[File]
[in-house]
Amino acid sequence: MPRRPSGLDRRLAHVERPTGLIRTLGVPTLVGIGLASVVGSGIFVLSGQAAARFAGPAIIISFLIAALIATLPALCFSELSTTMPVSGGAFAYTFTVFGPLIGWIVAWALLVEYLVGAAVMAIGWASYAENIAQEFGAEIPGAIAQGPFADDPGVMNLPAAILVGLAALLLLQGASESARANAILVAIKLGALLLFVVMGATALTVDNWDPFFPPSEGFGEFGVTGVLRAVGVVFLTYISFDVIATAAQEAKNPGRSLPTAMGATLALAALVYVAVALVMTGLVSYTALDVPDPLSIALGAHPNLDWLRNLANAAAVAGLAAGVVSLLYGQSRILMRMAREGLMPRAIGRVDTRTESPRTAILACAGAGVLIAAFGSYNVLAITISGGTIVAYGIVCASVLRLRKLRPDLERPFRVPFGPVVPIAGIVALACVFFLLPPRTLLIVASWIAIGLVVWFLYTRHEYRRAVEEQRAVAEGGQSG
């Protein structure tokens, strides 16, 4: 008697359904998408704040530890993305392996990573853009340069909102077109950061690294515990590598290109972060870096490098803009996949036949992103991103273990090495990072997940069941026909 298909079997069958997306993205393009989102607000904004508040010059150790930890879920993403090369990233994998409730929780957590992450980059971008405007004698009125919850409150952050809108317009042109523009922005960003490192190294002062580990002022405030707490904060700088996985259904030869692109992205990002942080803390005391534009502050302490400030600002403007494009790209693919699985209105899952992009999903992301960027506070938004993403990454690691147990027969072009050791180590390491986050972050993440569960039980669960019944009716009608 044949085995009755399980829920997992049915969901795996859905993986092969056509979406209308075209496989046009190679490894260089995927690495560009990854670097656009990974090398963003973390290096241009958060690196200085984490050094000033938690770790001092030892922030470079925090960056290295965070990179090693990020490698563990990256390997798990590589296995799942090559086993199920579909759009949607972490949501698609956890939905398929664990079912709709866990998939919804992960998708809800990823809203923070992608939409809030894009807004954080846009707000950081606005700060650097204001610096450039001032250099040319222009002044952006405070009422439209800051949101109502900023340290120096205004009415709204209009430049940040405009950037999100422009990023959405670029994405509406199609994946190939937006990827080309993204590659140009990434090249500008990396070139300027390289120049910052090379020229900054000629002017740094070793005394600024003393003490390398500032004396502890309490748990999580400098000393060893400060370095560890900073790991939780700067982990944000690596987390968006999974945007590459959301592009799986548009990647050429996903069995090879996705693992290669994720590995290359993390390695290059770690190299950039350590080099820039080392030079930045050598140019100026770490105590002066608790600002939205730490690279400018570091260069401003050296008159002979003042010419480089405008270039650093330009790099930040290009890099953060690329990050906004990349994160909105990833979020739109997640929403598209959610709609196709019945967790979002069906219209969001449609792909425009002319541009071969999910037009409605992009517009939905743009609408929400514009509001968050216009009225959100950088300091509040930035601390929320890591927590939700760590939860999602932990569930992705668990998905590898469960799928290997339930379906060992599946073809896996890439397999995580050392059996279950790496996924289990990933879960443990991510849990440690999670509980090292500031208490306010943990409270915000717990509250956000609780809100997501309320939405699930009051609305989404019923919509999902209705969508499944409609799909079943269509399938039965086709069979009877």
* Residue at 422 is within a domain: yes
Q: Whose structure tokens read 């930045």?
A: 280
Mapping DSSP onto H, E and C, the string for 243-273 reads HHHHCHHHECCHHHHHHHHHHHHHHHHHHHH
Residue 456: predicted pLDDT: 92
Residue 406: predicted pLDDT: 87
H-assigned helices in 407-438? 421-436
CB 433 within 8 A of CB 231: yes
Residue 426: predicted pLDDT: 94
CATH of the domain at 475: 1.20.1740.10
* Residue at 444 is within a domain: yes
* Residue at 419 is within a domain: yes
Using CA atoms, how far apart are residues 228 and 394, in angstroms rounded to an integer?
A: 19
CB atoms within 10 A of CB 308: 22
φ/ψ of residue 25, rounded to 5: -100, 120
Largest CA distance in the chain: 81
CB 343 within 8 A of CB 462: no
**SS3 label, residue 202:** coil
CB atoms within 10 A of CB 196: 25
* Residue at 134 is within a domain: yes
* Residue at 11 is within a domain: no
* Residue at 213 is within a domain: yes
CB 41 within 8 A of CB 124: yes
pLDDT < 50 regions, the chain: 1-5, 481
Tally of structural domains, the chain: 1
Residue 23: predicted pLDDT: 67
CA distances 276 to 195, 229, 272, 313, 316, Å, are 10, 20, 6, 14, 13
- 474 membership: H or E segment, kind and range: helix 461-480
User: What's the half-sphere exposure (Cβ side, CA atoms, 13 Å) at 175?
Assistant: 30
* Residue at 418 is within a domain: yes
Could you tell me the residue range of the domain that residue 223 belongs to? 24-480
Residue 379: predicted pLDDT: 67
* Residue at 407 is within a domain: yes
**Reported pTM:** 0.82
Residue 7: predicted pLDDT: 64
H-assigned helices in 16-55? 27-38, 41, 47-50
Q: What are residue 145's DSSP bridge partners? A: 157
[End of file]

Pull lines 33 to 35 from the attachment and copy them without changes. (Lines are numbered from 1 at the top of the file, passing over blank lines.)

User: What's the half-sphere exposure (Cβ side, CA atoms, 13 Å) at 175?
Assistant: 30
* Residue at 418 is within a domain: yes